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In a recent case the Supreme Court recognised the broad discretion enjoyed by the arbitral tribunal, failing an agreement by the parties, to determine the rules of the arbitral procedure. In such cases the tribunal has the right to determine the arbitral procedure by selecting a mixed procedural system, in light of the needs of the parties and the particular international arbitration, avoiding any peculiarities of Greek law.
The Supreme Court recently held that an amendment of claim or counterclaim in international arbitration is admissible, provided that a series of requirements are met. A request for preventive protection, even for future disputes that are conditional on the occurrence of a certain event, is not groundless, provided that future disputes fall within the scope of the arbitration agreement.
A recent judgment held that the grounds for resisting enforcement contained in Article V of the New York Convention are exhaustive; thus, any other ground (however framed) – including the full payment of an award – is inadmissible. It was also held that a claim to compensate for legal costs incurred as a result of a breach of an arbitration agreement is capable of being resolved through arbitration.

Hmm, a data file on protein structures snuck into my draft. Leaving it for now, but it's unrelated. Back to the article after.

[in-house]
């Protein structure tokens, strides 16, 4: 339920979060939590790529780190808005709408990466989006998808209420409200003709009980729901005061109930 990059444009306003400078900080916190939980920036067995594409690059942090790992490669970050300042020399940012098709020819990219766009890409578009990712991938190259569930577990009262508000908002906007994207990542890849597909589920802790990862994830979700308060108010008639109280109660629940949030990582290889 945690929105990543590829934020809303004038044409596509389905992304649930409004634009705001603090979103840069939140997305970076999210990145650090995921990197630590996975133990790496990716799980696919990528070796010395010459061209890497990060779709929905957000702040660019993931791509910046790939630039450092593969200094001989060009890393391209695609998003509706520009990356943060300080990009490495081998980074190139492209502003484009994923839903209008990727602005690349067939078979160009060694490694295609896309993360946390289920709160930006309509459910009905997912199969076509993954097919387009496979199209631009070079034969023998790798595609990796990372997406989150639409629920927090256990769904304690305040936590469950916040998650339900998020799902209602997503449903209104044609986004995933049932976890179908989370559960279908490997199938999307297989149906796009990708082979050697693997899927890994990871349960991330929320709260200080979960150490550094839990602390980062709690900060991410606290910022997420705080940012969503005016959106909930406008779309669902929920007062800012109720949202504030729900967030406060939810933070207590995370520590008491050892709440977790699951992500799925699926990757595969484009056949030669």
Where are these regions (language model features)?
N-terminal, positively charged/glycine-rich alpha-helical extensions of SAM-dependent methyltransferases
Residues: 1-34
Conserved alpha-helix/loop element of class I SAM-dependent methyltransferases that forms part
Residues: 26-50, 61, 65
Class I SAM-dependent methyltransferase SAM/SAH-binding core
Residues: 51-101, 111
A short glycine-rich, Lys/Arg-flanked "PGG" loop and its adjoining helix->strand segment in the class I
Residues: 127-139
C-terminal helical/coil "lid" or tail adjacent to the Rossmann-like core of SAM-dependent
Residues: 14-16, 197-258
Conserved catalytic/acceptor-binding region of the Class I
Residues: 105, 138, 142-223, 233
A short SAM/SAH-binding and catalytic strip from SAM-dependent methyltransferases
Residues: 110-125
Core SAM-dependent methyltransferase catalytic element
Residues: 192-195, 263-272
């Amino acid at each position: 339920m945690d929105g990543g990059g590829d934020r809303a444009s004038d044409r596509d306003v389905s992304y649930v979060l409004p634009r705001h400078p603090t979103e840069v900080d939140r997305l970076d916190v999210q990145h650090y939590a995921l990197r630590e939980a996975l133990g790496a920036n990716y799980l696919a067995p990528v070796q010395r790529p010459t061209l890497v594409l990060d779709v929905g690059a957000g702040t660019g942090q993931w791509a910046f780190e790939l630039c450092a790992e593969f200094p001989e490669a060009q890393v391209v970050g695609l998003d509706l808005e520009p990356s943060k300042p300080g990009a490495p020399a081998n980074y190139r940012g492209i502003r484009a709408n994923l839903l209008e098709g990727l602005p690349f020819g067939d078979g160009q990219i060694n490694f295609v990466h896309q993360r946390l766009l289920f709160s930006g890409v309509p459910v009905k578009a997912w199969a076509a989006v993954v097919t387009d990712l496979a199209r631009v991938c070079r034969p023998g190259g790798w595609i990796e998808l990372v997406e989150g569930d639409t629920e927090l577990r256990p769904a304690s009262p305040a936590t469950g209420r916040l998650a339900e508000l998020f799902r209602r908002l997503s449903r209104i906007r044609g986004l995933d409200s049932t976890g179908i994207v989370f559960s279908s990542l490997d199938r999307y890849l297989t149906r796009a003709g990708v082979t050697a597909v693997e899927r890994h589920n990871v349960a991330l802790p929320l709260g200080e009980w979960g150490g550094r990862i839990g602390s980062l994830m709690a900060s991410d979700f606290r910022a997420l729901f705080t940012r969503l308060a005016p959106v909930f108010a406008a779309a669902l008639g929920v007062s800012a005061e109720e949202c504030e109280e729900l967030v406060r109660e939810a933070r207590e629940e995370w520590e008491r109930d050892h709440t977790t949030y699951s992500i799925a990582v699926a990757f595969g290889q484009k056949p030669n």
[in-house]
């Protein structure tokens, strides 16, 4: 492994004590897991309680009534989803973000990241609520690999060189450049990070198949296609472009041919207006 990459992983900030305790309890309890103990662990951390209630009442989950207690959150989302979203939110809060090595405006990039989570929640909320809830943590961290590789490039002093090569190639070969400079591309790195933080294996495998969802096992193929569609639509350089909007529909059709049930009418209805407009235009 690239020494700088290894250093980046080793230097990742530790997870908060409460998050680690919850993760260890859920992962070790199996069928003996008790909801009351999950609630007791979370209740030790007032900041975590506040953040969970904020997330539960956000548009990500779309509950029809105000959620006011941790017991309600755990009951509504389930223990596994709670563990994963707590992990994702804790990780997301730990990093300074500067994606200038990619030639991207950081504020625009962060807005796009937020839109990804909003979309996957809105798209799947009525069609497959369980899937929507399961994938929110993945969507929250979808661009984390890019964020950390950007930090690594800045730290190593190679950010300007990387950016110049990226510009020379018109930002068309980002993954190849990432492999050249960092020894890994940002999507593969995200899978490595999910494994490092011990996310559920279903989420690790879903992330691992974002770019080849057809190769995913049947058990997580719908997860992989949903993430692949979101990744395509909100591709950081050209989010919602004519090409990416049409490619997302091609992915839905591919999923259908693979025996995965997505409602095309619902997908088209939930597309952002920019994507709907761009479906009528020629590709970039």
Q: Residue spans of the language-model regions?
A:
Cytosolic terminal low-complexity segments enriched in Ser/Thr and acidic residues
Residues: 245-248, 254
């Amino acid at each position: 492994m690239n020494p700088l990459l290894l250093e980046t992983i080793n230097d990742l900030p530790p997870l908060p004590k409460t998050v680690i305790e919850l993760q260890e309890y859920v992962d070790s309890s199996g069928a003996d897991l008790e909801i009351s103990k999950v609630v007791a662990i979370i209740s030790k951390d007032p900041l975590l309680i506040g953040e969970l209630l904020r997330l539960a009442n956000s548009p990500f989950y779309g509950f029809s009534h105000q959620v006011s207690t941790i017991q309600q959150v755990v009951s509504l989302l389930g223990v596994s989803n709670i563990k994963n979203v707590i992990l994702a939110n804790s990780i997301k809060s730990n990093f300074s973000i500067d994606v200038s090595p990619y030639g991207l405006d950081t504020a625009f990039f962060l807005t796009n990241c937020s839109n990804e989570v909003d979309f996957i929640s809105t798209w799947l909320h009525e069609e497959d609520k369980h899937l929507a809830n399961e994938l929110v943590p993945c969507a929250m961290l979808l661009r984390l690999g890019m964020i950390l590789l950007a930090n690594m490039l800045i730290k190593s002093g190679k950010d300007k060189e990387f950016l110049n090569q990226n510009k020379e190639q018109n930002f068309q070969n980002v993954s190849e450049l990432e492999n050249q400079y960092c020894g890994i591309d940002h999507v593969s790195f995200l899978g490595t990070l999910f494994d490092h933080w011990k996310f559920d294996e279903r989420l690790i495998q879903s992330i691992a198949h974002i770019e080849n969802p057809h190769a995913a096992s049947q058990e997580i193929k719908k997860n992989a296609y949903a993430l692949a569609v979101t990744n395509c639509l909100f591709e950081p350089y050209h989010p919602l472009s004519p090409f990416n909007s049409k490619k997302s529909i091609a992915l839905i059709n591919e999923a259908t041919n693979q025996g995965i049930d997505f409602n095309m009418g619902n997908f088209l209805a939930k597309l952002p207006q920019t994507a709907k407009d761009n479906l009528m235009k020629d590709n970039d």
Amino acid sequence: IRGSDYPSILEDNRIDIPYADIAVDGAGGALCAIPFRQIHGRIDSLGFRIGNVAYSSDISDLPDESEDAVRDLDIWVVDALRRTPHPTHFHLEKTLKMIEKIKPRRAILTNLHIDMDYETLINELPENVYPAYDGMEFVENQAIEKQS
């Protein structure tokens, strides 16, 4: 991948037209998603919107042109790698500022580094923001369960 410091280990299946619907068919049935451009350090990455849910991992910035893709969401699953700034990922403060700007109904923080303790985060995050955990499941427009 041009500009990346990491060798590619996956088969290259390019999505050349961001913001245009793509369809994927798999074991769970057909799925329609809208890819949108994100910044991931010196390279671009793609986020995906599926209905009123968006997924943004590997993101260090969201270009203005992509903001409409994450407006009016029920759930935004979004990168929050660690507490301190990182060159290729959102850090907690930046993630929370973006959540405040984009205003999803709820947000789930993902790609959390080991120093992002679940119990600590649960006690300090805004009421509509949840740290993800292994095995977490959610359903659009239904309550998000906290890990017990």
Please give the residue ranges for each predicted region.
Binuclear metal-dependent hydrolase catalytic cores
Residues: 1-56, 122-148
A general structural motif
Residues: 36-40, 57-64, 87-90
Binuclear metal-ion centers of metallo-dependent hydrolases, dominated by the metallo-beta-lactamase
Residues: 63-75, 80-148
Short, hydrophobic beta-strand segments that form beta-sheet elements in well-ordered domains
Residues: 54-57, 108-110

The Athens Court of Appeal partially refused enforcement of a foreign arbitral award that awarded punitive damages (in the form of a penalty) on grounds of public policy under the New York Convention. For the first time, the global economic crisis was held to be a contributing factor in determining the excessive nature of the punitive damages, which the court ruled had violated public policy.
The Supreme Court recently held that the filing of a domestic arbitral award with the registrar of the first instance court at the place where the award was made is not a condition for its validity. The date of the award is essential for establishing that the award was issued within the period for which the arbitration agreement was in force.
In the context of a motion before a state court to refer a dispute to arbitration, the objective arbitrability of such a dispute is governed by Greek law and not by the law that governs the arbitration procedure or agreement. The Piraeus Court of Appeal recently issued a judgment that dealt with objective (rather than subjective) arbitrability, as the question of arbitrability that was raised related to the subject matter and not to the parties of the dispute.